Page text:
# GIT lecture 15-16

These lecture (GIT15-16) were given on 9/30/09 and 10/2/09.

### Excerpts

First this result was proved (it was only stated last lecture)

Prop. $T$ a torus of dim $n$ acts on $V$ of dim $N$ by $t.(x_1, ..., x_N) = (\chi_1(t)x_1, ..., \chi_N(t)x_N)$ and stabilizer of generic point is finite.  Let $x \in V$ with $supp(x) = \{\chi_1, ..., \chi_k\}$ then $x$ is semi-stable iff $0 \in C(\chi_1, ..., \chi_k)$ and properly stable iff

1. $\dim span\{\chi_1, ..., \chi_k\} = n$
2. $0 \in$ interior of $C(\chi_1, ..., \chi_k)$

Cor. If $G$ is a torus, then a point is properly stable iff its properly stable with respect to all 1 – parameter subgroups.

Thm (Hilbert-Mumford numerical criterion) If $G$ is reductive then (and X quasi projetive) then $x \in X$ is

1. semi-stable iff is is semi-stable with repspect to any 1-parameter subroups.
2. properly stable iff it is so for any 1-parameter subgroup.

The idea of the proof is simple.  If a points fails to be semi-stable (or properly stable) then there is a 1-parameter subgroup that realizes this failure.

Some technical results are used to prove this.  The notation is $O = k[[t]]$, $K = k((t))$.

Lemma: if $y \in \overline{G \cdot x} - G \cdot x$ then there exists $\lambda \in G(K)$ (recall $G \subset GL(V)$) so this is effectively a matrix with coeff in $K$, hence a matrix which has entries which are Laurent series in $t$) such that $\lim_{t \to 0} \lambda(t)\cdot x = y$.

Thm(Iwahori). Let $G$ be a reductive algebraic group.  Then each double coset $G(O) \backslash G(K) /G(O)$ contains a unique 1-parameter subgroup. In other words, given a $K$ point $g \in G(K)$, then can write $g(t) = A(t) \lambda(t) B(t)$ for $A,B \in G(O)$ and $\lambda(t)$ a 1-param. sub group.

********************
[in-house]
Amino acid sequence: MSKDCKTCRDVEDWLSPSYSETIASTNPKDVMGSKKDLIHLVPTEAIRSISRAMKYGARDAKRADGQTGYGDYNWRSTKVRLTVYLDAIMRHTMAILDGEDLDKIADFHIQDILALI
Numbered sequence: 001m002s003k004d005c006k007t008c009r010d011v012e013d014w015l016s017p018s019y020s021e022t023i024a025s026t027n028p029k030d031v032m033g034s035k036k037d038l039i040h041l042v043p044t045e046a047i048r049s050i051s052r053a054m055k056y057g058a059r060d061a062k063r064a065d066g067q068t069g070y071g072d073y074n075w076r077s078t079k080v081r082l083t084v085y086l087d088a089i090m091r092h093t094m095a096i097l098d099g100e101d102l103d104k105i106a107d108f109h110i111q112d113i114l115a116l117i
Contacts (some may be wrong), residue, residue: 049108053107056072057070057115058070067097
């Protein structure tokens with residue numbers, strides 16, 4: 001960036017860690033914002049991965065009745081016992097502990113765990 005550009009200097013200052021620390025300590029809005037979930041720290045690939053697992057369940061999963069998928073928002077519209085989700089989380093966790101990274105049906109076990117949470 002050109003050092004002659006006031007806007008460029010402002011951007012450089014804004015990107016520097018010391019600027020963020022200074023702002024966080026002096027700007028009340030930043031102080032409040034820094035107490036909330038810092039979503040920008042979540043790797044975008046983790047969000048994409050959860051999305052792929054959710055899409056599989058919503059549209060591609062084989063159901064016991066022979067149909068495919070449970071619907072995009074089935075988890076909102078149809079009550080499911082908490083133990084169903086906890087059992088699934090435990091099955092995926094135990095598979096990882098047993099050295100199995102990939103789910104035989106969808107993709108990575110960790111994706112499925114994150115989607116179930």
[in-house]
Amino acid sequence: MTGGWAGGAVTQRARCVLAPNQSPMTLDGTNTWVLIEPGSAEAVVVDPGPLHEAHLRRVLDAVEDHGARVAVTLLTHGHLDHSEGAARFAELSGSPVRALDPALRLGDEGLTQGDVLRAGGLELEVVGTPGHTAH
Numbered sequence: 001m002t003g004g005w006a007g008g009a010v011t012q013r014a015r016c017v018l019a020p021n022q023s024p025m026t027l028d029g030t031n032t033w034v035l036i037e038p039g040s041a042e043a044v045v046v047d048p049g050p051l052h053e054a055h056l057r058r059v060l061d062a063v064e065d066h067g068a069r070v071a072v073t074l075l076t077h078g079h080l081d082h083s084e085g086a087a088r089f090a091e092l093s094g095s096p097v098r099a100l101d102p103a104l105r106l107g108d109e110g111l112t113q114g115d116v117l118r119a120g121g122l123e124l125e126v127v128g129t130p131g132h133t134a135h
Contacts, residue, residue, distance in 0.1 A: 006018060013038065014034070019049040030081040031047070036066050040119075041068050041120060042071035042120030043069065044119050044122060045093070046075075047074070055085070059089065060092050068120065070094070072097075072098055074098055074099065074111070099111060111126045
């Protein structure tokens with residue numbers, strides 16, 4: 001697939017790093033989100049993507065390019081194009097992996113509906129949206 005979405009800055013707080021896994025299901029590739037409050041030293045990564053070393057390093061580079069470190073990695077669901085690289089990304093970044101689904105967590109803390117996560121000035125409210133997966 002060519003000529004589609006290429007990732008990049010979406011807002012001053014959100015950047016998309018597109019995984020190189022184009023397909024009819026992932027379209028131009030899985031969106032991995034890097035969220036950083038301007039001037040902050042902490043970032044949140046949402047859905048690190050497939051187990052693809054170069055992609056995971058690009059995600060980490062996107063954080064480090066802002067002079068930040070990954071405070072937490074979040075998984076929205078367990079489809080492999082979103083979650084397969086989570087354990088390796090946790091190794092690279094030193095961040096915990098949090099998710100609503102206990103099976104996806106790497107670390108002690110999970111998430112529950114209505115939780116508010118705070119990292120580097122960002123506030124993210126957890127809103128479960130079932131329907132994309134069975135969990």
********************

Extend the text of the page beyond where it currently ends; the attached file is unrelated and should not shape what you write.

This lemma is also useful.

Lemma: with the notation above, if $\lim_{t \to 0} g(t) = \lim_{t\to 0} A(t) \lambda(t) B(t)x = y$ exists (so $\lim_{t \to 0} \lambda(t) B(t)x = y':= A^{-1}(t)y$ then $\lim_{t \to 0} \lambda(t)x = z$ exists and $\lim_{t\to 0} \lambda^{-1}(t)y' = z$.

This is proved checking everything component wise and using that $\lambda(t) = diag(t^{a_1},..., t^{a_n})$ for integers $a_i$.

Here is part of the argument for the thm above.  Suppose $x$ is not properly stable.  This means either $G\cdot x$ is not closed, or $G\cdot x$ is closed by $stab(x)$ is infinite.  Say $stab(x)$ is infinite. I forget at the moment, but for some reason $G \to G\cdot x$ is affine.  It it was proper, then it would be finite, but the fibers are infinite, so its not proper.  Now by the valuative criterion for properness there exist $g \in G(K) - G(O)$ such that $g(t) \in stab(x)$.

now use Iwahori to write $\lim_{t \to 0} g(t)\cdot x = \lim_{t \to 0} A(t) \lambda(t) B(t)\cdot x = x$. So by the lemma above

$\lim_{t \to 0} \lambda(t)x = z$

exists and $\lambda(t')\cdot z = \lim_{t \to 0}\lambda(tt')x = z$, so $\lambda(t) \in stab(z)$. But $z$ is in the orbit of $x$, because $G\cdot x$ is closed, and all elements in the orbit have conjugate stabilizers, so $stab(x)$ contains a 1 parameter subgroup as well.

In the rest of the lecture there were some applications given, but I haven’t gone through it carefully.